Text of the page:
Paradoxes often hold the key with which to unlock the real nature of things. One recent incident, much in the headlines, would suffice to illustrate this: the protests over the outlawing of the age (and hence menstruation) taboo in Sabarimala. One of the most strikingly odd things in those pictures was the number of orthodox women who protested in favour of the taboo. It seems anomalous or even incoherent, at least on the surface, because they are the subject-victims of the taboo. And grumbling about being excluded during the ‘curse’ is one of the staples of female bonding across castes and classes. This is more so in societies like India where this most normal higher-mammalian occurrence is treated as a polluted, untouchable, shameful state. Why would women want to hug their chains?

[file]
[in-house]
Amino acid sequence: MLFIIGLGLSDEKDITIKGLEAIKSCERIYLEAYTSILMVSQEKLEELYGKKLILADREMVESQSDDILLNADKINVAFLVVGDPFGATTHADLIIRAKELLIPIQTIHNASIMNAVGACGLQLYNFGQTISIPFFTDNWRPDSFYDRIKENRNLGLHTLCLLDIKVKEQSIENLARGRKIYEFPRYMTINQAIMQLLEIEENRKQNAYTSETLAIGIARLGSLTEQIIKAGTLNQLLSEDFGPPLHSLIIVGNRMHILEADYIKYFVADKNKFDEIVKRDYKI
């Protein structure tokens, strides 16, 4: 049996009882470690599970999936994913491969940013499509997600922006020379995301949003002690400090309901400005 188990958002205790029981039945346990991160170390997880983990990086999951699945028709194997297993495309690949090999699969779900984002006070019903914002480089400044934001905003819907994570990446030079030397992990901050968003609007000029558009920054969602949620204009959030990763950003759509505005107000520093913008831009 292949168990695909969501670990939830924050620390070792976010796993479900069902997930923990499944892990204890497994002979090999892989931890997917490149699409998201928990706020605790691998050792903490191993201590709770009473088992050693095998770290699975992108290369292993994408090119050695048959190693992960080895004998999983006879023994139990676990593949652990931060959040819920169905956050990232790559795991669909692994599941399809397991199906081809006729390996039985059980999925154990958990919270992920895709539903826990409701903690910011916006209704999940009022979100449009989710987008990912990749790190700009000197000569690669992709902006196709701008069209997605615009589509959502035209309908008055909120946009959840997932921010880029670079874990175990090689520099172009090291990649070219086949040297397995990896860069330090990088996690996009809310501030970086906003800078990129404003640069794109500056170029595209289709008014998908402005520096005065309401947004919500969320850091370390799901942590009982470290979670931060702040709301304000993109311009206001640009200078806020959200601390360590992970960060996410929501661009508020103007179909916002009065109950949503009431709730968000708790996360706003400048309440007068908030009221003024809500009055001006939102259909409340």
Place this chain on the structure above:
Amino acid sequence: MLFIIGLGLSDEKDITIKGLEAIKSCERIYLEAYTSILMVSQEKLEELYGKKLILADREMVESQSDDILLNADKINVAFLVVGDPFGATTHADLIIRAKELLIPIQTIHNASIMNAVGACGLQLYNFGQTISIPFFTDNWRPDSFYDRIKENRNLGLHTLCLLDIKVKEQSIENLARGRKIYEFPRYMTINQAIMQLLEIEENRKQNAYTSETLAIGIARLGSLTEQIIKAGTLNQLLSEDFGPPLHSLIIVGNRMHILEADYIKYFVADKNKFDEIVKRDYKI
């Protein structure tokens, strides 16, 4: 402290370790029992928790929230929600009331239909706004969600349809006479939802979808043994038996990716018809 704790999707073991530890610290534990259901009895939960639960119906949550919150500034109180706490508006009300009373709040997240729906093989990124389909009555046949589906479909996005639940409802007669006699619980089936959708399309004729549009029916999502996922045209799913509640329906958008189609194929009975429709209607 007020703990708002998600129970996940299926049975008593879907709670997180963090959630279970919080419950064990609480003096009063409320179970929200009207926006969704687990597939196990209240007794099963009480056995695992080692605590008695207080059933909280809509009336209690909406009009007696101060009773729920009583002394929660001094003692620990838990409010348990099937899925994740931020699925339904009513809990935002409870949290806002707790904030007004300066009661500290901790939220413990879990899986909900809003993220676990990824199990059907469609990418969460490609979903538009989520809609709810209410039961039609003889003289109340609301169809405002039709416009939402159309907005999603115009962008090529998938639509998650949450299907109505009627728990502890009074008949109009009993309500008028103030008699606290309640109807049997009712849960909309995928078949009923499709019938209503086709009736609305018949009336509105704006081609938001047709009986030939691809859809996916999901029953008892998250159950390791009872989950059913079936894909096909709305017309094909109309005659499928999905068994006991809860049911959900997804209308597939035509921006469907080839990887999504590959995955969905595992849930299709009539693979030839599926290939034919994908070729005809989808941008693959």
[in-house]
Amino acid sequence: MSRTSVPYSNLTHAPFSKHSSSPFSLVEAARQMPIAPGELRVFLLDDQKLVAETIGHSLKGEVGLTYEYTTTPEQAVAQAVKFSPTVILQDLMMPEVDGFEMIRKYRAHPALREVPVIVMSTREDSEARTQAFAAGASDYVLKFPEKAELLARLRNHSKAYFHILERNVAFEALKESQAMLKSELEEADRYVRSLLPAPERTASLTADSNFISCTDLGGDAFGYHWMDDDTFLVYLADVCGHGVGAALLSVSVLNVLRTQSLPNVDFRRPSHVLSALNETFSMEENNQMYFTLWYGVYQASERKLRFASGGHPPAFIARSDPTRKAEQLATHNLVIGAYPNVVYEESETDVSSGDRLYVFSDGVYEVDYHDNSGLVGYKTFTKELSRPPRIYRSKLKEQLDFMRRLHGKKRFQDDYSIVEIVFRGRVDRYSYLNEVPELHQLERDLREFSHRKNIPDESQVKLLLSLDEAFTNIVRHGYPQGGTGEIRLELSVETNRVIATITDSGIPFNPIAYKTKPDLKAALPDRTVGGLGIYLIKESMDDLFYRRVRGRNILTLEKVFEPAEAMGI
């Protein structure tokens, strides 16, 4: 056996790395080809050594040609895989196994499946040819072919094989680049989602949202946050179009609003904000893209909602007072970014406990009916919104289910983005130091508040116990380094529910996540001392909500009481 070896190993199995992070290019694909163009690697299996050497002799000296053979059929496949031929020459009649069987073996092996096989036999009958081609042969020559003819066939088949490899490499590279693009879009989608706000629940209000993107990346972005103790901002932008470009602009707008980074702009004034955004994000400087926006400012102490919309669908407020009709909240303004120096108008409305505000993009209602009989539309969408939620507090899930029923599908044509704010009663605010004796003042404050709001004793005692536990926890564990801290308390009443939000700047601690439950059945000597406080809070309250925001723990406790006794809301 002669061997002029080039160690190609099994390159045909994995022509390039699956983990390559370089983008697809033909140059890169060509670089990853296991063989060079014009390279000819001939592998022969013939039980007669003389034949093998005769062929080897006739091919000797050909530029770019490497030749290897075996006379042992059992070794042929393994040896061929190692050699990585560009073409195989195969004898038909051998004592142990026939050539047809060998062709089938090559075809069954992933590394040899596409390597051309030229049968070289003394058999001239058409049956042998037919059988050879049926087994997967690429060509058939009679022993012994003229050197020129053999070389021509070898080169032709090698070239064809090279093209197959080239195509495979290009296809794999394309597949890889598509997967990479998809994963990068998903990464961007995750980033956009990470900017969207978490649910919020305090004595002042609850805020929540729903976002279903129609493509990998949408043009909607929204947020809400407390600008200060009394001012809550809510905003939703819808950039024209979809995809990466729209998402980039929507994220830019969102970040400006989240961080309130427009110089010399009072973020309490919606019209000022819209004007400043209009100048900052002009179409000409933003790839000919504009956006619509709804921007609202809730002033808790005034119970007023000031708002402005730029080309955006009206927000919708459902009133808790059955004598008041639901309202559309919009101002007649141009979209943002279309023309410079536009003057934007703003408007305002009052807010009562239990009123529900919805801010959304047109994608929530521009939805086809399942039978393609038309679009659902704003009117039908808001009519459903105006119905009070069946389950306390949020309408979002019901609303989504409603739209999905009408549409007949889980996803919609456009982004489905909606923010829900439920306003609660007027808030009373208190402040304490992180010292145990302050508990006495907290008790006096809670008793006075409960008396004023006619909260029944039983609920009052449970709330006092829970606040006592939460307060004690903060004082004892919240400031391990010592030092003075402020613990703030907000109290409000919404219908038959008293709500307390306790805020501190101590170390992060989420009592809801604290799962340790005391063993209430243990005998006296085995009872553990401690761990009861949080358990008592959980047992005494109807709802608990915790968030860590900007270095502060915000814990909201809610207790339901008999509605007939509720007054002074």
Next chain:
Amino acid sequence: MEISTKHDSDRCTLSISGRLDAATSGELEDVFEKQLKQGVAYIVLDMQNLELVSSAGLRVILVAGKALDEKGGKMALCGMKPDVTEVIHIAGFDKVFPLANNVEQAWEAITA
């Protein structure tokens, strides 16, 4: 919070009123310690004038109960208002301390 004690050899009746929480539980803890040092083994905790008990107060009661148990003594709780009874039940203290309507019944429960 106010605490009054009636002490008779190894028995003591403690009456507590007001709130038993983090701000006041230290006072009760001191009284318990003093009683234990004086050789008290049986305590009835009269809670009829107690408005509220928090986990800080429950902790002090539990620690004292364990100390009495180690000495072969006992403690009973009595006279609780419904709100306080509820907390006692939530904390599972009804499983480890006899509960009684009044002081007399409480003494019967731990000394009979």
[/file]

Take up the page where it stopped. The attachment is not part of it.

The answer perhaps lies in human history. A good place to start is the differing view of women’s bodies between matriarchy and patriarchy, and the scarred zone of many battles in between. Both attitudes exist uneasily with the mobility and vocational freedom given to women in today’s globalising, multicultural society. The crux of the conflict between the two is this question: Is menstruation a sacred state (matriarchy) or a shameful one (patriarchy)? Women are avoided in both states, but for different reasons. And the question of entry to temples occupies a curious position in these two approaches.